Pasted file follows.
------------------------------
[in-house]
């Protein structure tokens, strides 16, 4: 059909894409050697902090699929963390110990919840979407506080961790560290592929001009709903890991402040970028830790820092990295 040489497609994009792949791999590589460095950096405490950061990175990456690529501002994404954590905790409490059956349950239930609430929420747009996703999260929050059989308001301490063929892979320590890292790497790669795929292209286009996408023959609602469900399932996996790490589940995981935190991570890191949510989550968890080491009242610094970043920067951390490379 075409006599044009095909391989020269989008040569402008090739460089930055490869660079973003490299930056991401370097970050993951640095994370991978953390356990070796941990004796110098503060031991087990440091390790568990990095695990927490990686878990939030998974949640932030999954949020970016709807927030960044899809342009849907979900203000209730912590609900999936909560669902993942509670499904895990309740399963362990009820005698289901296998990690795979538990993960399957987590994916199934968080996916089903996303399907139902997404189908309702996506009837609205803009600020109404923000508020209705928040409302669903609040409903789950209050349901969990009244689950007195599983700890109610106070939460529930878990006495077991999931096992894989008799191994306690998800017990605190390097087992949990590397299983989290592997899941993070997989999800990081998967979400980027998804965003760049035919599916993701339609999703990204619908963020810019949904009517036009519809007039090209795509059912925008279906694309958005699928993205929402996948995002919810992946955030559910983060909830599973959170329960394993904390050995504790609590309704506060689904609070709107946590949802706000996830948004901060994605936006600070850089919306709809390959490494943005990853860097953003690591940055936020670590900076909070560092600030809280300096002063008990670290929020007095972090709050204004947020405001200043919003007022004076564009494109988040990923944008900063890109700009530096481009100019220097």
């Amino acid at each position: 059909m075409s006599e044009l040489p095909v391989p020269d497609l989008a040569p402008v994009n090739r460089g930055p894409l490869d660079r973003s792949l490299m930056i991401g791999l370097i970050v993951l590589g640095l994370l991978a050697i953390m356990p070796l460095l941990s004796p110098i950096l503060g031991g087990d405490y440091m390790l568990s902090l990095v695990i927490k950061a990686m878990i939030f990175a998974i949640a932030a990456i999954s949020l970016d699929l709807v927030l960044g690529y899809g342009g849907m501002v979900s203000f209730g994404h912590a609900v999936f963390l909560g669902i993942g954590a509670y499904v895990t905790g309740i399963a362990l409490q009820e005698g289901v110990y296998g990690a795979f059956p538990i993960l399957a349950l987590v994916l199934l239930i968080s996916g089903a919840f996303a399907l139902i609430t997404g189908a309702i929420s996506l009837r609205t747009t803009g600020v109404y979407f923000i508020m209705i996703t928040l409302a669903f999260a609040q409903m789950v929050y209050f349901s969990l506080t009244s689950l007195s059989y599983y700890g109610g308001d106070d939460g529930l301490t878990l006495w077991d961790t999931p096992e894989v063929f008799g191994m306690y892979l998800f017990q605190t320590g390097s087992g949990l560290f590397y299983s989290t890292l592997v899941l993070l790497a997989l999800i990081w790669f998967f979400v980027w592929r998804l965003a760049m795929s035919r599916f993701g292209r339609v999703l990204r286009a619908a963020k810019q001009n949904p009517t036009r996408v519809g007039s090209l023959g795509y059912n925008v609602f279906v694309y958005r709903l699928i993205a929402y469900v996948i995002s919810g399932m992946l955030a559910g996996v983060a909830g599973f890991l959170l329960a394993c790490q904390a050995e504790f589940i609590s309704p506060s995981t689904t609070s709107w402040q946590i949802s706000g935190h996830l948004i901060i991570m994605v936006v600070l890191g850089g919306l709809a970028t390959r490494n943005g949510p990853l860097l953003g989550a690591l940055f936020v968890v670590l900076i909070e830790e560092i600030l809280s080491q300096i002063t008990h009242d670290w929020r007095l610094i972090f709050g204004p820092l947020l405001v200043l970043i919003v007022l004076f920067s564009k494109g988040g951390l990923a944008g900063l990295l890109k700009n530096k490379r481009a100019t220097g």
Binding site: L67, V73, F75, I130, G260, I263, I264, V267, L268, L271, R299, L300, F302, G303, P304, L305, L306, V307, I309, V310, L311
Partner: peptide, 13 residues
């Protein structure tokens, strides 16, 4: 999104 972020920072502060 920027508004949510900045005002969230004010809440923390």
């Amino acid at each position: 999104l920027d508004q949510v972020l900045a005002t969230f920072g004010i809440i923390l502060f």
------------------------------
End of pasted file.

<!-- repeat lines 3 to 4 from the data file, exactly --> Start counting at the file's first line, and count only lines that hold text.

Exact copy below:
């Amino acid at each position: 059909m075409s006599e044009l040489p095909v391989p020269d497609l989008a040569p402008v994009n090739r460089g930055p894409l490869d660079r973003s792949l490299m930056i991401g791999l370097i970050v993951l590589g640095l994370l991978a050697i953390m356990p070796l460095l941990s004796p110098i950096l503060g031991g087990d405490y440091m390790l568990s902090l990095v695990i927490k950061a990686m878990i939030f990175a998974i949640a932030a990456i999954s949020l970016d699929l709807v927030l960044g690529y899809g342009g849907m501002v979900s203000f209730g994404h912590a609900v999936f963390l909560g669902i993942g954590a509670y499904v895990t905790g309740i399963a362990l409490q009820e005698g289901v110990y296998g990690a795979f059956p538990i993960l399957a349950l987590v994916l199934l239930i968080s996916g089903a919840f996303a399907l139902i609430t997404g189908a309702i929420s996506l009837r609205t747009t803009g600020v109404y979407f923000i508020m209705i996703t928040l409302a669903f999260a609040q409903m789950v929050y209050f349901s969990l506080t009244s689950l007195s059989y599983y700890g109610g308001d106070d939460g529930l301490t878990l006495w077991d961790t999931p096992e894989v063929f008799g191994m306690y892979l998800f017990q605190t320590g390097s087992g949990l560290f590397y299983s989290t890292l592997v899941l993070l790497a997989l999800i990081w790669f998967f979400v980027w592929r998804l965003a760049m795929s035919r599916f993701g292209r339609v999703l990204r286009a619908a963020k810019q001009n949904p009517t036009r996408v519809g007039s090209l023959g795509y059912n925008v609602f279906v694309y958005r709903l699928i993205a929402y469900v996948i995002s919810g399932m992946l955030a559910g996996v983060a909830g599973f890991l959170l329960a394993c790490q904390a050995e504790f589940i609590s309704p506060s995981t689904t609070s709107w402040q946590i949802s706000g935190h996830l948004i901060i991570m994605v936006v600070l890191g850089g919306l709809a970028t390959r490494n943005g949510p990853l860097l953003g989550a690591l940055f936020v968890v670590l900076i909070e830790e560092i600030l809280s080491q300096i002063t008990h009242d670290w929020r007095l610094i972090f709050g204004p820092l947020l405001v200043l970043i919003v007022l004076f920067s564009k494109g988040g951390l990923a944008g900063l990295l890109k700009n530096k490379r481009a100019t220097g």
Binding site: L67, V73, F75, I130, G260, I263, I264, V267, L268, L271, R299, L300, F302, G303, P304, L305, L306, V307, I309, V310, L311